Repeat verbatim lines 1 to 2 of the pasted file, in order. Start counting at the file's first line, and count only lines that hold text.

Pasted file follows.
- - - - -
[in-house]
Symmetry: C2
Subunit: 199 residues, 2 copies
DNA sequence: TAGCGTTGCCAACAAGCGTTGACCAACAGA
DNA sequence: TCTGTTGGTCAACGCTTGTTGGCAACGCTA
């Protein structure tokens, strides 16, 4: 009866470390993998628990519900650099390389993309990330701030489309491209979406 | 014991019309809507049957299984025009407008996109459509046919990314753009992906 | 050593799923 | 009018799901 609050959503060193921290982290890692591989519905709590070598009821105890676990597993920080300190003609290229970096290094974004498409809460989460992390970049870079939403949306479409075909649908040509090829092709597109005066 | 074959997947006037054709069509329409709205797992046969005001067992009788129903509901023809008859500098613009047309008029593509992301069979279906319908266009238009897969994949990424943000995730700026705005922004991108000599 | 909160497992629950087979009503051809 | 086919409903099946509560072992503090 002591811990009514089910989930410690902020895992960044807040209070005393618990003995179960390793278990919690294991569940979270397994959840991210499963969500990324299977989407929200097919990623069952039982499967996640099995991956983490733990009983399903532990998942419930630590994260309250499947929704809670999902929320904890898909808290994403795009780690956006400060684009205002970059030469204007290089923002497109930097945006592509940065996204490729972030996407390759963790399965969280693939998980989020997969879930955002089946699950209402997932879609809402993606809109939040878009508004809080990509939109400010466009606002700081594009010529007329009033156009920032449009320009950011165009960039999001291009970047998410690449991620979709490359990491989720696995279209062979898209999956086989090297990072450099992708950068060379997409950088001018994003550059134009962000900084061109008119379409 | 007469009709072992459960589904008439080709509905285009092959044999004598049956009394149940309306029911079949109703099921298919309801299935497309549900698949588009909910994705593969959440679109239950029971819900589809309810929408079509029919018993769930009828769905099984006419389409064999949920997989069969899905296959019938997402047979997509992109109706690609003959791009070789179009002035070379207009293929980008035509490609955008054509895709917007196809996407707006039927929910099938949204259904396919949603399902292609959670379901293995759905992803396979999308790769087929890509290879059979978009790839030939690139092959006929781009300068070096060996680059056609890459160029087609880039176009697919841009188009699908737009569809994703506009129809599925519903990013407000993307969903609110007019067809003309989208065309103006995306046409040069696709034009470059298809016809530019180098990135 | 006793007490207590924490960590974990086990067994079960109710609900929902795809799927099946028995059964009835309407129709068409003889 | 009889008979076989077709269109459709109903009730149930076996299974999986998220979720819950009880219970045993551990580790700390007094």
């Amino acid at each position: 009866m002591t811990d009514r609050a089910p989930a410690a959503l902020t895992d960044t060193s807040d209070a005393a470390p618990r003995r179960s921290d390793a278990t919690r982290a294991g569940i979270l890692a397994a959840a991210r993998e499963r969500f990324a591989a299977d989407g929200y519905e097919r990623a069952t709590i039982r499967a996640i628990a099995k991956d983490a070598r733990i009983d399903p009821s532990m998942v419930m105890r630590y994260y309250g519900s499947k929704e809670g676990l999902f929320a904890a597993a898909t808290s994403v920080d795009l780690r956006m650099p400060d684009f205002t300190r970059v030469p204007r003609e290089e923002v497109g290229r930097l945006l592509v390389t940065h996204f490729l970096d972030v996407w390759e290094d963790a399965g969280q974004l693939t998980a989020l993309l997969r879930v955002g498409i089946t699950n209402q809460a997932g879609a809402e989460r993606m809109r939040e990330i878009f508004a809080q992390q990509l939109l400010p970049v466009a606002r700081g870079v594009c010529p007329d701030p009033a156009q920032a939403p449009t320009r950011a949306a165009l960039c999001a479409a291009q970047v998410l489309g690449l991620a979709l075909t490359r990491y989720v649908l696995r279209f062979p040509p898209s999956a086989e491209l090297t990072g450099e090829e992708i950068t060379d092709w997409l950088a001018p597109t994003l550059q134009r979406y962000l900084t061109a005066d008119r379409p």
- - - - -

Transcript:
[in-house]
Symmetry: C2